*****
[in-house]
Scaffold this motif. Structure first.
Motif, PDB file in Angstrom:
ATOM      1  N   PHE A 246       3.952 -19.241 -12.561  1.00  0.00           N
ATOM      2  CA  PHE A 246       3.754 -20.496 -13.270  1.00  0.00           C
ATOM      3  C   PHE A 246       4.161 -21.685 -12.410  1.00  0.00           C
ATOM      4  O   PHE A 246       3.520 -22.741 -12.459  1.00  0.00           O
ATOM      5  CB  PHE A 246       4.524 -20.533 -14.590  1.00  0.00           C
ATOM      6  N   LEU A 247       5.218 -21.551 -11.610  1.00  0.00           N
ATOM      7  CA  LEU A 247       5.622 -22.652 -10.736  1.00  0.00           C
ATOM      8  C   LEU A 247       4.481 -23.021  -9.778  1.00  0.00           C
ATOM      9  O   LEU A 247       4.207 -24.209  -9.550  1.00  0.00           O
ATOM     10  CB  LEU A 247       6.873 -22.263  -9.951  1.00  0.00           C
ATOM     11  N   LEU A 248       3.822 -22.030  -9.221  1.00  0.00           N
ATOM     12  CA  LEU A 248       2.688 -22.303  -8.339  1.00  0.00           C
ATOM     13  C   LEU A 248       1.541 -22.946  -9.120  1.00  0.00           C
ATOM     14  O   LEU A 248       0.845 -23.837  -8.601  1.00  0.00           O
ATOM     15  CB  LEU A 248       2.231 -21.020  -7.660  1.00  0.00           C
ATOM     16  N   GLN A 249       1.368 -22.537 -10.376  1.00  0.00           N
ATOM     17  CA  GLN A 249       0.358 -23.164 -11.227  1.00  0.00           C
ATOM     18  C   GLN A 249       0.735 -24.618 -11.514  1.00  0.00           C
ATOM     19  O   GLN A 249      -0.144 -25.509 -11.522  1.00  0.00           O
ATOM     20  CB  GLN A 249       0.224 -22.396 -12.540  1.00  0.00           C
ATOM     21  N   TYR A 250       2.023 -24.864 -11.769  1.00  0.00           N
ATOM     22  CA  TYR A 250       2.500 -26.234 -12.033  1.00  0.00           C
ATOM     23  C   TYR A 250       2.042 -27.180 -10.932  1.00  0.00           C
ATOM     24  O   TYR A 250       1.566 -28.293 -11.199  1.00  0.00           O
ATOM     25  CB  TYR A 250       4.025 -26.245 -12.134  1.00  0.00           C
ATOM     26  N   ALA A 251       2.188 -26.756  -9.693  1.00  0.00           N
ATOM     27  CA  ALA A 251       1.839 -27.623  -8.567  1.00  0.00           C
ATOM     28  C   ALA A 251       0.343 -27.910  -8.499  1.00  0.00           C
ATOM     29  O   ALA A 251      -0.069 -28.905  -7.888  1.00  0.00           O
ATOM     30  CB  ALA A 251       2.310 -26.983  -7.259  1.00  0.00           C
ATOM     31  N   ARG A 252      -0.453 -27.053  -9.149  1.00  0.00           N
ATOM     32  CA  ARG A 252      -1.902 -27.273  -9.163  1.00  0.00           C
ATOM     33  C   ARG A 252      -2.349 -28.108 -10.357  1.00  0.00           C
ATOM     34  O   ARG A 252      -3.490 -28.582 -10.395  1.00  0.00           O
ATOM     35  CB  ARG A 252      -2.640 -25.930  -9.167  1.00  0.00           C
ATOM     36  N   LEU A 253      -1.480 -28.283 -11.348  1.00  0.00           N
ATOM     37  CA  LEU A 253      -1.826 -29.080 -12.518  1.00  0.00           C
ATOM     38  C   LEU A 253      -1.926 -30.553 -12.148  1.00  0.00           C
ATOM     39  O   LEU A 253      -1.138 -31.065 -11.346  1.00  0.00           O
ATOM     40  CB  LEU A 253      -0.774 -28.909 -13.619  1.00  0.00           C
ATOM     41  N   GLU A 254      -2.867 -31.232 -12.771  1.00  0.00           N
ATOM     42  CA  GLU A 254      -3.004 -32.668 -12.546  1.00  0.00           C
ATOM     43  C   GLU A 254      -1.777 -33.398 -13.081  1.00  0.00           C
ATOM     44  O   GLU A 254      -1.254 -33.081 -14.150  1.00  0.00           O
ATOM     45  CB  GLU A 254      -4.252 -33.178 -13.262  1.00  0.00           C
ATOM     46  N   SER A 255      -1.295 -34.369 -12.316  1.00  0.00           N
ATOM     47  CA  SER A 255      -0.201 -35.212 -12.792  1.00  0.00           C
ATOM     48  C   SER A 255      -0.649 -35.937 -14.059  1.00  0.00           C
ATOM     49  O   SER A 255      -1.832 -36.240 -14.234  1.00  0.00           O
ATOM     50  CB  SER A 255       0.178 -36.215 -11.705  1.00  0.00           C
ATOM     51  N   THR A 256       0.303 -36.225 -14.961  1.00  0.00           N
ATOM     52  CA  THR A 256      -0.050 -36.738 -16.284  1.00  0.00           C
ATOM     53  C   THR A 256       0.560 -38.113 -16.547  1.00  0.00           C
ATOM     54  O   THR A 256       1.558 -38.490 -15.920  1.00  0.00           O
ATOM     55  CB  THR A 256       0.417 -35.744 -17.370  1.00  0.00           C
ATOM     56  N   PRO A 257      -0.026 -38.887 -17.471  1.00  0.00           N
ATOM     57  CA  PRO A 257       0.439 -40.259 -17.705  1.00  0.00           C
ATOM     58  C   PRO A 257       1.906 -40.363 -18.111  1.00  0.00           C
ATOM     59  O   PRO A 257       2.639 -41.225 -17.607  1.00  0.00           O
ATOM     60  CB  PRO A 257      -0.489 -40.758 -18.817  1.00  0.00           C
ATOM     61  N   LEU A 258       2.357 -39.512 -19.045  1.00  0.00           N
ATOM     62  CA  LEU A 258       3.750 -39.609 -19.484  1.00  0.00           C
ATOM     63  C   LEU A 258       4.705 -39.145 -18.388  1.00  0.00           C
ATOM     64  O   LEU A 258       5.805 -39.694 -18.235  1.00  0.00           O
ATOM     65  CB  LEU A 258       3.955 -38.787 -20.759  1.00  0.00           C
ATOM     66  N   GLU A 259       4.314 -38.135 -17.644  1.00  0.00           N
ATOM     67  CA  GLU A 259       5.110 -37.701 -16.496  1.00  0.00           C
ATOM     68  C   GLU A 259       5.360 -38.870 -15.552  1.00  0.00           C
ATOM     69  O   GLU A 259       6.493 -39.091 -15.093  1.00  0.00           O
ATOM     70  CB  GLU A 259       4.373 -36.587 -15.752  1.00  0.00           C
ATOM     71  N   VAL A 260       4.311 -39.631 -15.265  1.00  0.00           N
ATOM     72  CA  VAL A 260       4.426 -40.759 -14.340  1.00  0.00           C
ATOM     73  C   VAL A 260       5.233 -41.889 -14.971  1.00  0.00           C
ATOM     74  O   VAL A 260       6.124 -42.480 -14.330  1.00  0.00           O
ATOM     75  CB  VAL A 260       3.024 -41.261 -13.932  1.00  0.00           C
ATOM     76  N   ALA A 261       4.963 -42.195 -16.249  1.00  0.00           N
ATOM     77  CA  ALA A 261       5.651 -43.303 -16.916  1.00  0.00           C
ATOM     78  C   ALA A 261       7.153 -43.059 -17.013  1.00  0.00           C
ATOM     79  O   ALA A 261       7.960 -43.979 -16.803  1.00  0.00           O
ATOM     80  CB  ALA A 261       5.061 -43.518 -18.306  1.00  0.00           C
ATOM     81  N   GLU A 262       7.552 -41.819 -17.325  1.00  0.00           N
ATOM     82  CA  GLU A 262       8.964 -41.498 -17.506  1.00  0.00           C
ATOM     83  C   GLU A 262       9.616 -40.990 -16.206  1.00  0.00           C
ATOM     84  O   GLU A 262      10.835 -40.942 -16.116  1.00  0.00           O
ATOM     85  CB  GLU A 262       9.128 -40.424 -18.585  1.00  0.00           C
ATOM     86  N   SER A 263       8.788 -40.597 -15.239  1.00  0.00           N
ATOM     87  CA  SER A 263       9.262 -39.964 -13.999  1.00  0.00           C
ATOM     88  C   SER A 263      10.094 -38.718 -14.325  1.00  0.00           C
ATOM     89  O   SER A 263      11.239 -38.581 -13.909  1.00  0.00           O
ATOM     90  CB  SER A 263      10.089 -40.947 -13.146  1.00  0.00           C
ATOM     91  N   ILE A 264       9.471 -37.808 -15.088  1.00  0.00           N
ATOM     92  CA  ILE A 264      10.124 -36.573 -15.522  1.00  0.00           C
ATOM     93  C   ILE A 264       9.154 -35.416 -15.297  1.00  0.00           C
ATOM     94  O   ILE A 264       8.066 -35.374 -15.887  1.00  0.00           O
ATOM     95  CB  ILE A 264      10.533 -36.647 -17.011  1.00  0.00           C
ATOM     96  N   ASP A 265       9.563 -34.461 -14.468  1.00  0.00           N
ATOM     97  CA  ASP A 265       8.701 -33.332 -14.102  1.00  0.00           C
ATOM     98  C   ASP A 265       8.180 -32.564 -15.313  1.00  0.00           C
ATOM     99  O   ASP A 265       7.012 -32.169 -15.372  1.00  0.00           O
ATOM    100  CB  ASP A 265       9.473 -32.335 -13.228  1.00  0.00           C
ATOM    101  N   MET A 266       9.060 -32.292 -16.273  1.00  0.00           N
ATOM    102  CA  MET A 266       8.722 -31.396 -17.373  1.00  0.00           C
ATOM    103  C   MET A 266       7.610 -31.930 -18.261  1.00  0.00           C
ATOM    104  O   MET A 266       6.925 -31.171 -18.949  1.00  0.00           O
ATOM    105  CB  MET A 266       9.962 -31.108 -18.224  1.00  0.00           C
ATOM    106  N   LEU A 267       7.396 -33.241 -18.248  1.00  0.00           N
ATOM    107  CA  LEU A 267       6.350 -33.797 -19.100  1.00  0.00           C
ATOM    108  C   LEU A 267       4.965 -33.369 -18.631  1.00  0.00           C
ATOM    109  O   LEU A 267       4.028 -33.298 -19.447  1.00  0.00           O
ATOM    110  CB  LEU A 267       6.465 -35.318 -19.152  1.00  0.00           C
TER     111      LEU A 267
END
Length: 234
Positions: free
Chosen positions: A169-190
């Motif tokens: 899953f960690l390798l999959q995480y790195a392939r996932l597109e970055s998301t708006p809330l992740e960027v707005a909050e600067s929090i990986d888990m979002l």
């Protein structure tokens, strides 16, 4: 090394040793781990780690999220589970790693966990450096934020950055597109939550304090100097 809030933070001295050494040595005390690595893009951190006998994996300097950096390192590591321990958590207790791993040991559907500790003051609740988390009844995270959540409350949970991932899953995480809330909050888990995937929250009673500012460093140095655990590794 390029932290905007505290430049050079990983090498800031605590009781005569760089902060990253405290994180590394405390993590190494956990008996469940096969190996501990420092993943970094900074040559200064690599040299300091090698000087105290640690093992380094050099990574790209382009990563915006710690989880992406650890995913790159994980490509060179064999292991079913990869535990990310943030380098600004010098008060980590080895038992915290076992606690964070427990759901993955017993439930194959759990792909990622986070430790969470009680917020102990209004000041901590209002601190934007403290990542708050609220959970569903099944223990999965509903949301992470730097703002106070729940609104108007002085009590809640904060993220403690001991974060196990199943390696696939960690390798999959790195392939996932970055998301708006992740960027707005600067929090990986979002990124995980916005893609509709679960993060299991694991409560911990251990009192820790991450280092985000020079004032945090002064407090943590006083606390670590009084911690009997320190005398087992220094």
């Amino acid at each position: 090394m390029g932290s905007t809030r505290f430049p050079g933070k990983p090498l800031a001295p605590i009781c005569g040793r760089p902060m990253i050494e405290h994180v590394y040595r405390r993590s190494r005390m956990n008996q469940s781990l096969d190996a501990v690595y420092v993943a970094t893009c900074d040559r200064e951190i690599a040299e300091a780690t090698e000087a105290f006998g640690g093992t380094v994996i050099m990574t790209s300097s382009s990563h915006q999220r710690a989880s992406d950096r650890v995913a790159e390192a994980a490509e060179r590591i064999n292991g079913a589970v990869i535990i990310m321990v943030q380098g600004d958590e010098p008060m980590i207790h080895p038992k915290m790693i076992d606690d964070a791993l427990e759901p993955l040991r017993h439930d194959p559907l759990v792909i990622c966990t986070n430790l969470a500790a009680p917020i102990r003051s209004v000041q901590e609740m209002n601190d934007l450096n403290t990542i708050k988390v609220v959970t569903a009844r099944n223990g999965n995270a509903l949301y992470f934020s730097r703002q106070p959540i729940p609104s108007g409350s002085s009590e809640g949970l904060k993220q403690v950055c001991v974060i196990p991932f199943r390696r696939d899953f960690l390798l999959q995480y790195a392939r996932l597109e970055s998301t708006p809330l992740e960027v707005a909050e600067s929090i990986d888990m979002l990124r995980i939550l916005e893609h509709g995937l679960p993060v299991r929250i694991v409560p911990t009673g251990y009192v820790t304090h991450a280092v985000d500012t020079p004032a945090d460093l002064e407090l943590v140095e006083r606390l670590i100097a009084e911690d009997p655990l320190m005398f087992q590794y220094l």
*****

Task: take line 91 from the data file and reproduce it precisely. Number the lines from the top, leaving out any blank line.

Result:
ATOM     88  C   SER A 263      10.094 -38.718 -14.325  1.00  0.00           C